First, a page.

Kitchen Garden: Autumn
In the Ross patch, Graham harvests dinner. Photo - Luisa Brimble
Autumn is the crowded moment in the vegetable garden when warm season vegetables reach their peak harvest and the cool season crops are keen to get in the ground. Here’s how we manage it.
Autumn planting plan
The Ross family patch has eight one-metre-square plots that are rotated. Here’s where they’re at this season:
1: Roots: 20 beetroot, 20 carrot, 20 radish
2: Legumes: 12 podded peas
3: Leafy greens: 20 lettuce, 4 rocket, 4 spinach, 3 rainbow chard
4: Roots: 6 kohrabi, 6 turnip, 6 swede
5: Brassica: 3 cabbage, 3 broccoli, 3 Tuscan kale
6: Legumes: 9 broad beans
7: Brassica: 3 cauliflower, 3 sprouting broccoli, 3 curly kale
8: Legumes: 6 sugar snap, 6 snowpeas
The cabbage family needs help against cabbage moth butterfly. We cover the brassica beds with arched metal or plastic pipe at least 1m above the beds and drape the frame with bird netting. Fake butterflies can also work to dissuade the territorial moths from landing. We’ve also found solar-powered butterflies do the trick.
Harvest broccoli and then plant more! Photo - joloei/Shutterstock.com
Nurture newly planted seedlings with seaweed solution. Seaweed creates a strong, deep root system and strong cell walls. Water in at planting time and repeat monthly.
Podding peas like 'Greenfeast' get a wriggle on, using tendrils to climb. Photo - Shutterstock.com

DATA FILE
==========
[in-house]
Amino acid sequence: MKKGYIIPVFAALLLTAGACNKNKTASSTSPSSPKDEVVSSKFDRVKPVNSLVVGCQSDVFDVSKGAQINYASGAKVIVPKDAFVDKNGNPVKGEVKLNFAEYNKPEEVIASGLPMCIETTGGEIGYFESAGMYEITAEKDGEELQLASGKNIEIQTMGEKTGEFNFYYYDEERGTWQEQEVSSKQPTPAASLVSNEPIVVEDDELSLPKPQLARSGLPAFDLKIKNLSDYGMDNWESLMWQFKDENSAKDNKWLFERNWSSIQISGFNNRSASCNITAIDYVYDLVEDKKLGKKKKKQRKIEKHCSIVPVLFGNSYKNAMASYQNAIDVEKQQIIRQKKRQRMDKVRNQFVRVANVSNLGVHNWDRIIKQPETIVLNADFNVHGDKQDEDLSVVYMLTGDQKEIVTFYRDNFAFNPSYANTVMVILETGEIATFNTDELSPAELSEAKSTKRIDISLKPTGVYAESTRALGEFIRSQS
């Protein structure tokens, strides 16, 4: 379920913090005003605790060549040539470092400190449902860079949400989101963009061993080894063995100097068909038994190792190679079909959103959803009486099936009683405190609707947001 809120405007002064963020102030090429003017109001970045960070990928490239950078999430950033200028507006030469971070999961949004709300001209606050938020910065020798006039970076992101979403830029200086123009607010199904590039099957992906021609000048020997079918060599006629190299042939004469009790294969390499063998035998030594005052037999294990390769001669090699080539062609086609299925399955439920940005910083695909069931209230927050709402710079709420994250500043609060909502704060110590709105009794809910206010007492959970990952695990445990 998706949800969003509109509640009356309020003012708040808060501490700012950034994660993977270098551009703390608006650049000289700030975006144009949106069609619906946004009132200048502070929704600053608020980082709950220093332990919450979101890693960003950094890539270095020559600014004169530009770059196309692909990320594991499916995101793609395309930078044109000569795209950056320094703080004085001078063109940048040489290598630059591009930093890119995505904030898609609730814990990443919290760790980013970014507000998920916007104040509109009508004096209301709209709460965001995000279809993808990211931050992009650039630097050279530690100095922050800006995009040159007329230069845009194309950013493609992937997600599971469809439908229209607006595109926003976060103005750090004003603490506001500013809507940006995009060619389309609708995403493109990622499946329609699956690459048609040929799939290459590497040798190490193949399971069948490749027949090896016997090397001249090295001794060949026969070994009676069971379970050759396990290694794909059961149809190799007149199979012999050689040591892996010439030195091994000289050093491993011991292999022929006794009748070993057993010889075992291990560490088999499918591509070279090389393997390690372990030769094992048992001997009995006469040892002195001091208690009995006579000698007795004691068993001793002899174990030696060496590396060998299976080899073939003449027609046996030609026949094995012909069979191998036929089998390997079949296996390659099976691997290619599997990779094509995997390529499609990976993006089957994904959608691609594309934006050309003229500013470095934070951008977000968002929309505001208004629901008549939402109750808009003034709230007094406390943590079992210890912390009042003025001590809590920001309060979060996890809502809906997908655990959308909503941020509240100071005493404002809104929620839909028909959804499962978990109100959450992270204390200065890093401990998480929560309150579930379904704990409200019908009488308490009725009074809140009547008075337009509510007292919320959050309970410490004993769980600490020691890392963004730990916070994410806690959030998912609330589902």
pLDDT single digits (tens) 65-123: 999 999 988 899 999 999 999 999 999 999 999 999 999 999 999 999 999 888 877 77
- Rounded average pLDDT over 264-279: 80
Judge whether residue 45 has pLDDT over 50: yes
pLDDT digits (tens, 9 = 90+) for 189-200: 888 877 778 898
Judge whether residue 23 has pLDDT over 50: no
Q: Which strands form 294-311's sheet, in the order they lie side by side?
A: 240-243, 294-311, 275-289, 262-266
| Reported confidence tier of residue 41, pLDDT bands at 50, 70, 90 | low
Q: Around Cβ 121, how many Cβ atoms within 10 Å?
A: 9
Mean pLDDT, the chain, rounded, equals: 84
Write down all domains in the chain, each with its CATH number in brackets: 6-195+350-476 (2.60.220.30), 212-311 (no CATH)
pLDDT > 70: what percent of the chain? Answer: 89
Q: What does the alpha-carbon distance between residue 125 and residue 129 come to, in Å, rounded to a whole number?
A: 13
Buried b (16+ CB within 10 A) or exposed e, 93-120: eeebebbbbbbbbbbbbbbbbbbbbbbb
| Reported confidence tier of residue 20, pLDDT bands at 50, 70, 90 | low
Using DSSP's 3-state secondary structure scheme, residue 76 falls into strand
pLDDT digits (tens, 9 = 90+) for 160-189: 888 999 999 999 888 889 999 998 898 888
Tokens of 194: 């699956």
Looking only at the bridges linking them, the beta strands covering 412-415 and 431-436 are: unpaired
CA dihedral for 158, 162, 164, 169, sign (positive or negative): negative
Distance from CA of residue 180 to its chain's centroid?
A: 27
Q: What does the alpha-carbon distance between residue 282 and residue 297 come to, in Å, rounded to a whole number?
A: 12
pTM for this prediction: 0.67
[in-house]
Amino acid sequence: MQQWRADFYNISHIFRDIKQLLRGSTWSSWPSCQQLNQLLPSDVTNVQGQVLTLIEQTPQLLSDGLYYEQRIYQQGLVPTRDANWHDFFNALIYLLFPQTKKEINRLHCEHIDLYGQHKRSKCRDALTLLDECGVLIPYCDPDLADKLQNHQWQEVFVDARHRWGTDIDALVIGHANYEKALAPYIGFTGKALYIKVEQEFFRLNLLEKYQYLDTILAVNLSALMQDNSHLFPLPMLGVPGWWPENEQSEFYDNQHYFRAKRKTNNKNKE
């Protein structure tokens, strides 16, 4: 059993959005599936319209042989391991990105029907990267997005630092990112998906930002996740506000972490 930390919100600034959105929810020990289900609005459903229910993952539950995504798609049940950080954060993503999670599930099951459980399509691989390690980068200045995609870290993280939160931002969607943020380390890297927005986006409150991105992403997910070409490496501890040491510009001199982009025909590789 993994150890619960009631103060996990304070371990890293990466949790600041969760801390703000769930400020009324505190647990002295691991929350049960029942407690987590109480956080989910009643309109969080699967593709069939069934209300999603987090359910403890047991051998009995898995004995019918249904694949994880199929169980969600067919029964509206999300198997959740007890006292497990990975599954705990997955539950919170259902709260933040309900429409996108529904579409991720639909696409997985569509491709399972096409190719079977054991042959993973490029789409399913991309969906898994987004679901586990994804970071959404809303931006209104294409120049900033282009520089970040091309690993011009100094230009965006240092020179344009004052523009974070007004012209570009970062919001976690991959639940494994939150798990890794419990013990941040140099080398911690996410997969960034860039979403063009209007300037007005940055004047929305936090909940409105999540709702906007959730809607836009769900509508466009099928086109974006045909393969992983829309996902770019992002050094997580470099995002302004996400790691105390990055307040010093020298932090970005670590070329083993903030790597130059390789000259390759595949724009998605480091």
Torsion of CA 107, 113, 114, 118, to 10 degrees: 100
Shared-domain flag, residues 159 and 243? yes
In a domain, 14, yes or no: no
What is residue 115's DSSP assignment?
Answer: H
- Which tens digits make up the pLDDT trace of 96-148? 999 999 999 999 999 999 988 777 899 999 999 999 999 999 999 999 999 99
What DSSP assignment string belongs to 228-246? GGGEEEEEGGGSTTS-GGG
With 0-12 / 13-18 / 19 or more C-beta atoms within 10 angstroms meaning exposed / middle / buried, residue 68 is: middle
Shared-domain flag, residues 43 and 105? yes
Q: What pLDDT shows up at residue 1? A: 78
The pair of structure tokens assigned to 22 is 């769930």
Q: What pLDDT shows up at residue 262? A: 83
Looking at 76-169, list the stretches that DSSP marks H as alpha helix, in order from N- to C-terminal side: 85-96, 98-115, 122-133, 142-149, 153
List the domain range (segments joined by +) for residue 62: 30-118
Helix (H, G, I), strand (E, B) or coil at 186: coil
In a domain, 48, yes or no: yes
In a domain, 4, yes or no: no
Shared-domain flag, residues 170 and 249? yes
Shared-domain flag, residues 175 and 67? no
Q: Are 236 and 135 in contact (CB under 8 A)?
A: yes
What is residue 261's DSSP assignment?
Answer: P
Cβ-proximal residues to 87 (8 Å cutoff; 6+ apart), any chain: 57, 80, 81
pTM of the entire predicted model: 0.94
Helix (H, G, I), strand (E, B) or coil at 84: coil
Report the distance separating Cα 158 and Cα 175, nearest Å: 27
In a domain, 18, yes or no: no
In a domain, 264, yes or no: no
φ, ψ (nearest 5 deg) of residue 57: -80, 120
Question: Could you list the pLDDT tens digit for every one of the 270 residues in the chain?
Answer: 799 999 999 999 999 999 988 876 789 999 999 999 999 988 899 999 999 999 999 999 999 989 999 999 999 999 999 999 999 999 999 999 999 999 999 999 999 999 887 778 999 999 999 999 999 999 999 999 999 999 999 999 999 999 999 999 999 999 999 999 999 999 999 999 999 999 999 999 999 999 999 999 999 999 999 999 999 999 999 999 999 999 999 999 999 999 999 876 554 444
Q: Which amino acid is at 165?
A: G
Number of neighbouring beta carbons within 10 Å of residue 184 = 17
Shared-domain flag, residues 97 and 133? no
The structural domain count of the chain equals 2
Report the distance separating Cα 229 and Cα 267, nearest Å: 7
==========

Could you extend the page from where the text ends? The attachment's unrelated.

Peas are best grown from seed. If you dry and collect the seed at the end of the season you’ll only ever have to buy pea seed once! Add a little garden lime before sowing and avoid sowing during rain.
Easter is garlic-planting time. We plant 100-150 cloves about 5cm deep and the harvest supplies the family all year. Buy garlic bulbs from a reputable organic supplier.
Break open cloves and plant individually. Photo - sarsmis/Shutterstock.com
Sow a square of parsnip, using fresh seed. Don’t delay as cool soil will impede germination.
Plant a patch of Florence fennel bulbs. They are delicious thinly sliced with smoked salmon and lemon juice and can also be let go to seed to attract beneficial bugs such as ladybirds.
Eggplant tends to ripen in late autumn. Don’t let them get too old or they will develop bitter flavours in the seeds.
Pick figs when fully ripe and nearly splitting as they don’t ripen off the tree. Eat them dolloped with double cream, roasted with prosciutto, bubbled into jam or swirled through ice cream.
Wait till figs split before picking, they don't ripen off the tree. Photo - muharremz/Shutterstock.com
Chilli season is starting. Feed plants to increase the yield and consider your preserving options: dry them; cook them into chilli jam; infuse them in olive oil. Check Garden Clinic online for more ideas.
Coriander and parsley grow like weeds through the cooler weather. Whiz them up into a green salsa verde with lime juice, rocket and sorrel and spoon over fish or through pasta.
Empty out mature compost into vegetable beds before planting out autumn veg.
Photo - Linda Ross
Sever strawberry runners away from the mother plant. Replant into a newly manured strawberry bed, 15cm apart.
Dig up turmeric and ginger tubers that have grown throughout summer. Store in the freezer. Grate fresh into curries and vegetable braises, or add a kick to a smoothie.
Protect ripening figs from birds by stringing up bird netting over a plastic pipe frame or tent. Keep the netting off the leaves. Keep fig plants low enough to make this an easy job by pruning hard in winter.
Leave room for another tepee of peas later in the season to stretch the pea harvest into spring.
Text: Linda Ross
About this articleDate: 20 April 2015 Author: Linda Ross
Phone: 1300 133 100
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